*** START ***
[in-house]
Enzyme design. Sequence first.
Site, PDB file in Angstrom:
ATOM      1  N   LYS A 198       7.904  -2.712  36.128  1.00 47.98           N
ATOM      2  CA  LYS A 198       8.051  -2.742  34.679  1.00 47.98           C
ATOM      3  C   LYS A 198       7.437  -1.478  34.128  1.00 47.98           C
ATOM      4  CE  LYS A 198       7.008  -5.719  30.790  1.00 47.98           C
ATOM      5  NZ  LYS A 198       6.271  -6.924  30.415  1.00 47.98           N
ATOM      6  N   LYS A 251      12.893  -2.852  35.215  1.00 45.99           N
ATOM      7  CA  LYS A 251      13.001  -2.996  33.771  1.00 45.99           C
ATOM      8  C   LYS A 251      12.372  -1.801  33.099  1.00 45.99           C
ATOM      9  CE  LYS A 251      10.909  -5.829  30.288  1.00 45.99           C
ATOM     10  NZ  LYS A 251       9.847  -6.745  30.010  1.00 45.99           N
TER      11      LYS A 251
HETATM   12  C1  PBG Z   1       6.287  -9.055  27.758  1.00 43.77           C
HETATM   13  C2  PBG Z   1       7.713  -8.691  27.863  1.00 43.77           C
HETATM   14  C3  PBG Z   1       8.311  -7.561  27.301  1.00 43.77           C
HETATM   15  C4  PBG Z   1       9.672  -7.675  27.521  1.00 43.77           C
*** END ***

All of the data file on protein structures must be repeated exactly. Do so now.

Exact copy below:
[in-house]
Enzyme design. Sequence first.
Site, PDB file in Angstrom:
ATOM      1  N   LYS A 198       7.904  -2.712  36.128  1.00 47.98           N
ATOM      2  CA  LYS A 198       8.051  -2.742  34.679  1.00 47.98           C
ATOM      3  C   LYS A 198       7.437  -1.478  34.128  1.00 47.98           C
ATOM      4  CE  LYS A 198       7.008  -5.719  30.790  1.00 47.98           C
ATOM      5  NZ  LYS A 198       6.271  -6.924  30.415  1.00 47.98           N
ATOM      6  N   LYS A 251      12.893  -2.852  35.215  1.00 45.99           N
ATOM      7  CA  LYS A 251      13.001  -2.996  33.771  1.00 45.99           C
ATOM      8  C   LYS A 251      12.372  -1.801  33.099  1.00 45.99           C
ATOM      9  CE  LYS A 251      10.909  -5.829  30.288  1.00 45.99           C
ATOM     10  NZ  LYS A 251       9.847  -6.745  30.010  1.00 45.99           N
TER      11      LYS A 251
HETATM   12  C1  PBG Z   1       6.287  -9.055  27.758  1.00 43.77           C
HETATM   13  C2  PBG Z   1       7.713  -8.691  27.863  1.00 43.77           C
HETATM   14  C3  PBG Z   1       8.311  -7.561  27.301  1.00 43.77           C
HETATM   15  C4  PBG Z   1       9.672  -7.675  27.521  1.00 43.77           C